(Reuters) - It took a 20% selloff in the crude oil market for the outlook to pick up for U.S. natural gas prices.
U.S. natural gas bucked the rest of the energy sector on Monday, rising as much as 7% even as oil prices suffered their worst day since the 1991 Gulf War due as a price war erupted between Saudi Arabia and Russia that threatens to overwhelm markets with supply.
The reason is something of a paradox. In recent months, natural gas prices have suffered because oil producers, who were profiting from strong worldwide demand for crude, also produce a ton of what’s known as associated gas - natural gas that is a by-product of the crude output.
However, those producers do not want the gas, and the oversupply has persisted for at least two years. The U.S. Energy Information Administration projected U.S. gas production in 2020 would top last year’s all-time highs - even with prices expected to fall to their lowest level since 1999.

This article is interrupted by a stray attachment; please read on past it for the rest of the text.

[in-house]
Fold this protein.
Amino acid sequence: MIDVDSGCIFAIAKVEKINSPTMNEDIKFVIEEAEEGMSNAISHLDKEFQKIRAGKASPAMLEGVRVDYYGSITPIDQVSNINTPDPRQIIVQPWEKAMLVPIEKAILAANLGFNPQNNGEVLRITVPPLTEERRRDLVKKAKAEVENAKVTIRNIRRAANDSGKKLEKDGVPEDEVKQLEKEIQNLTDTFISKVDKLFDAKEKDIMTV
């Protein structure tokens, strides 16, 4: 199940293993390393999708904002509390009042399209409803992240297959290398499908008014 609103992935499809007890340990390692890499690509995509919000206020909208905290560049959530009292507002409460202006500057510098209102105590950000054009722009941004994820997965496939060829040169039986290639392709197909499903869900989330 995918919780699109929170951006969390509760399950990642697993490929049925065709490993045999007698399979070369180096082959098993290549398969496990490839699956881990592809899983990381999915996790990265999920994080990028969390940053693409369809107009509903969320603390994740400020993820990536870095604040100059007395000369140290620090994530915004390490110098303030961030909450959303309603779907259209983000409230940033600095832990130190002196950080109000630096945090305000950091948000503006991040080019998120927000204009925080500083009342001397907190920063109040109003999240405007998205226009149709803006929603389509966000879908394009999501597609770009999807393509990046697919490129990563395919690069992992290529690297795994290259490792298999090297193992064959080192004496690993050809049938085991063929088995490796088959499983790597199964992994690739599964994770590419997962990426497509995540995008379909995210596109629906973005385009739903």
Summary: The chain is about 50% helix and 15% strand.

But after Monday, analysts think the drop in oil could cause producers to cut spending on new drilling, close rigs and trim production - and with that, cut gas output as well.
While most energy firms were crushed Monday, several U.S. companies that produce lots of gas saw their shares rocket including EQT Corp up 10%, Cabot Oil & Gas Corp up 3%, Southwestern Energy Corp up 17% and CNX Resources Corp up 8%.
“One of the biggest issues adversely affecting natural gas producers is that they cannot even control their own supply,” Stewart Glickman, head of the Energy sector team at CFRA Research said in a note.
Much of the growth in U.S. gas output in recent years has come from gas associated with shale production in basins like the Permian in West Texas and eastern New Mexico.
Normally, low prices encourage energy firms to cut spending on new drilling and reduce production, but that is not the case when gas is a byproduct of oil production.
“(Gas) prices at the Waha Hub in the Permian ... could find some relief if reduced drilling significantly slows down associated gas production this year,” Daniel Myers, market analyst at Gelber & Associates in Houston, said in a report.
Reporting by Scott DiSavino